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I am trying to understand space groups in crystallography. In International tables for crystallography, for a nonsymmorphic space group, they list some symmetry operations. 8 of them are listed under the (0,0,0)+ set and 8 in the (1/2, 1/2, 1/2)+ set. What does this mean? Are there 16 operations in total? How do the sets differ?

Edit: I find similar notation for symmorphic space groups as well. There are some space groups with only one set and some with two or more, and I don't understand what determines the number of sets.

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When your lattice is primitive you have only the (0,0,0)+ set; when your lattice has some kind of centering (body- or face-centering) other sets are present, such as (1/2, 1/2, 1/2)+ or (1/2, 1/2, 0)+

It's not clear to me what you write. In the first page of the Internationl Tables you find all the symmetry operations that are listed with Roman numerals (1),(2),.... under the heading "Symmetry operations".

Then in the following page under the heading "Positions" you find the differnt Wyckoff sites. The first one represents the general position.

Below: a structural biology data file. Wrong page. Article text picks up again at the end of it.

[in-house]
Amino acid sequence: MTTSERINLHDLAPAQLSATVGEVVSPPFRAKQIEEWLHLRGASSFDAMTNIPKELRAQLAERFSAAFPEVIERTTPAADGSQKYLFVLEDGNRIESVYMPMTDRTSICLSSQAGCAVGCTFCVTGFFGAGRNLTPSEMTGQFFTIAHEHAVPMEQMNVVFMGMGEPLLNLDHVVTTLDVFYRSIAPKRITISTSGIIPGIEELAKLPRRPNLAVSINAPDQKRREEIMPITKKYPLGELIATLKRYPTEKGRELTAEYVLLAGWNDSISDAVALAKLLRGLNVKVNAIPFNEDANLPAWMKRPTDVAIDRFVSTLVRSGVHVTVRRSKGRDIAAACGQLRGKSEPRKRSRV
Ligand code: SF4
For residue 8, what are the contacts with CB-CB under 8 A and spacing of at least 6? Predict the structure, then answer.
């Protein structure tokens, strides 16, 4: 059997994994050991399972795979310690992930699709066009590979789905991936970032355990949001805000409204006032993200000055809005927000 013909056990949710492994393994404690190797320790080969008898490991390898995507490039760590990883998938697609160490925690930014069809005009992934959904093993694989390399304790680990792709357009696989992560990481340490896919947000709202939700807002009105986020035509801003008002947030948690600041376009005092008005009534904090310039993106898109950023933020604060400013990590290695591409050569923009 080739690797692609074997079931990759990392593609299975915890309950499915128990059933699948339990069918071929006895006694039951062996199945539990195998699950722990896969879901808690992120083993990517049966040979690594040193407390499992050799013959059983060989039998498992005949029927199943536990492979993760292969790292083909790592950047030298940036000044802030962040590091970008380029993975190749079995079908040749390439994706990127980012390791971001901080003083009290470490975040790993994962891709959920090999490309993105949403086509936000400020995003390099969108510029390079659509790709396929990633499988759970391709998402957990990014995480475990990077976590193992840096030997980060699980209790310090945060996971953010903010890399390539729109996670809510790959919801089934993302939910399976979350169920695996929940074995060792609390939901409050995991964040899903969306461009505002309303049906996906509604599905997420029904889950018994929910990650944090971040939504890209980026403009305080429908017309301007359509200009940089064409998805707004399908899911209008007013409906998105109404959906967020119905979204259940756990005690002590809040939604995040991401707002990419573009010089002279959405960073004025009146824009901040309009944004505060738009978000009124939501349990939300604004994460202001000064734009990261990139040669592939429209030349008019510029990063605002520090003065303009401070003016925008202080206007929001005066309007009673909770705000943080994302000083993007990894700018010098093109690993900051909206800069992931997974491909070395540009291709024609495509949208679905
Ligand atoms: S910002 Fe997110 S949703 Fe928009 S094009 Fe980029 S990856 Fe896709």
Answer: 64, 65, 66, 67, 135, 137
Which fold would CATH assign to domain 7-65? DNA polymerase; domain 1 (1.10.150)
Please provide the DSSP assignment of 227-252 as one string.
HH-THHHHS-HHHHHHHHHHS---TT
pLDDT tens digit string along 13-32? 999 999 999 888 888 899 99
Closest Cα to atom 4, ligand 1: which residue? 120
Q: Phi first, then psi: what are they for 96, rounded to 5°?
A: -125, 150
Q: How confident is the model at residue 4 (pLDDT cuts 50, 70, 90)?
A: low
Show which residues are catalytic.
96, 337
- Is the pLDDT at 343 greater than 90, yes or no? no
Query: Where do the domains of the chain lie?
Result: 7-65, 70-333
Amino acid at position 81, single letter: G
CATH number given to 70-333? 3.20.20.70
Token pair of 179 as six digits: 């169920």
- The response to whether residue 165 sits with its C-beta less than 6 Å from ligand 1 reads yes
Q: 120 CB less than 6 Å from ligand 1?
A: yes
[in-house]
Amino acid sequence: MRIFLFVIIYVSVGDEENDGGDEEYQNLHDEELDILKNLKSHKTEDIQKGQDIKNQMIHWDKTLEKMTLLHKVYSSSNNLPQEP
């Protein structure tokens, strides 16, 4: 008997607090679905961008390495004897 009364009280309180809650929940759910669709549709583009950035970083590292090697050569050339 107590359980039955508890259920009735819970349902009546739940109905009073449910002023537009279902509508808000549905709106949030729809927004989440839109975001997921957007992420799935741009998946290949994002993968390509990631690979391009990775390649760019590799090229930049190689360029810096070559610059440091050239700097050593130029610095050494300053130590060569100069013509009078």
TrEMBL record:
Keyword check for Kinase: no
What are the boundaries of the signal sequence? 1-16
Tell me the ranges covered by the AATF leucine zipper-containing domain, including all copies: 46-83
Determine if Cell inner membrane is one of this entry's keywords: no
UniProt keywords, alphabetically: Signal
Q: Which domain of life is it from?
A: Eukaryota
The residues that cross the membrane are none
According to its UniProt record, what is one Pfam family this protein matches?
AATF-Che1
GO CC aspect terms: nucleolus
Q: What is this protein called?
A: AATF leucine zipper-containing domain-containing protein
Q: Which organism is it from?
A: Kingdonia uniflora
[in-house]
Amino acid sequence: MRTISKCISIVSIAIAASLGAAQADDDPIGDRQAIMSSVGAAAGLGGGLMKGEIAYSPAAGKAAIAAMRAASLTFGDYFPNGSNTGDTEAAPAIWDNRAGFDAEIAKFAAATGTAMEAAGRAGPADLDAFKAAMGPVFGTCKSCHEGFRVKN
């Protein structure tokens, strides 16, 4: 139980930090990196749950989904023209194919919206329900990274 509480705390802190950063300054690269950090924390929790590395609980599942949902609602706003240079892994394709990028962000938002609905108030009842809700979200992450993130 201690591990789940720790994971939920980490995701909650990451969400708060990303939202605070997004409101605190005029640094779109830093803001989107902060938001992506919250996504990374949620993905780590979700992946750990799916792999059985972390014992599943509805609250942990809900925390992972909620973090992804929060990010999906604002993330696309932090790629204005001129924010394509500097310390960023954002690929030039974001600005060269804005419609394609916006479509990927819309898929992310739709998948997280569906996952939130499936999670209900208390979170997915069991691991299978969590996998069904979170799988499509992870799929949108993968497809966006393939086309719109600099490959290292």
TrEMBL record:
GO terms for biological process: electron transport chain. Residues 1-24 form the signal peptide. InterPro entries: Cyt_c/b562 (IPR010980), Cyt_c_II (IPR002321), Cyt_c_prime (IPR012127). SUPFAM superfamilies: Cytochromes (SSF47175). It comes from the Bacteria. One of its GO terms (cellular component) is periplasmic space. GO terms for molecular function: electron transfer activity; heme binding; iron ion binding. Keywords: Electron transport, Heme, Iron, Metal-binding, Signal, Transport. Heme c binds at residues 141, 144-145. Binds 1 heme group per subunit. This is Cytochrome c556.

Consider the Space Group n°40 - Imm2. It has 8 symmetry operations, 4 for the (0,0,0)+ set and 4 for the (1/2,1/2,1/2)+ As you have 8 symmetry operations, you will have 8 different coordinates for the general position (8e). The Table gives you only the 4 coordinates referring to the (0,0,0)+ set; so the position x,y,z is given by the operation (1) (identity) and for this reason you read (1)x,y,z. the operation (2) is the 2-fold rotation along z, and the corresponding coordinates are -x,-y,z (in other words how the point in x,y,z is moved in a new position after applying the 2-fold rotation). and so on...

The 4 remaining coordinates are obtained by simply adding (1/2,1/2,1/2) to each of the 4 above ones.

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  • $\begingroup$ Bravo! Great first answer and welcome to our community! This question went unanswered for awhile. Thank you for your contribution and we hope to see much more of you in the future! How did you find us? $\endgroup$ – Nike Dattani Dec 29 '20 at 12:20
  • $\begingroup$ from physics SE, looking for the other communities $\endgroup$ – gryphys Dec 29 '20 at 13:25

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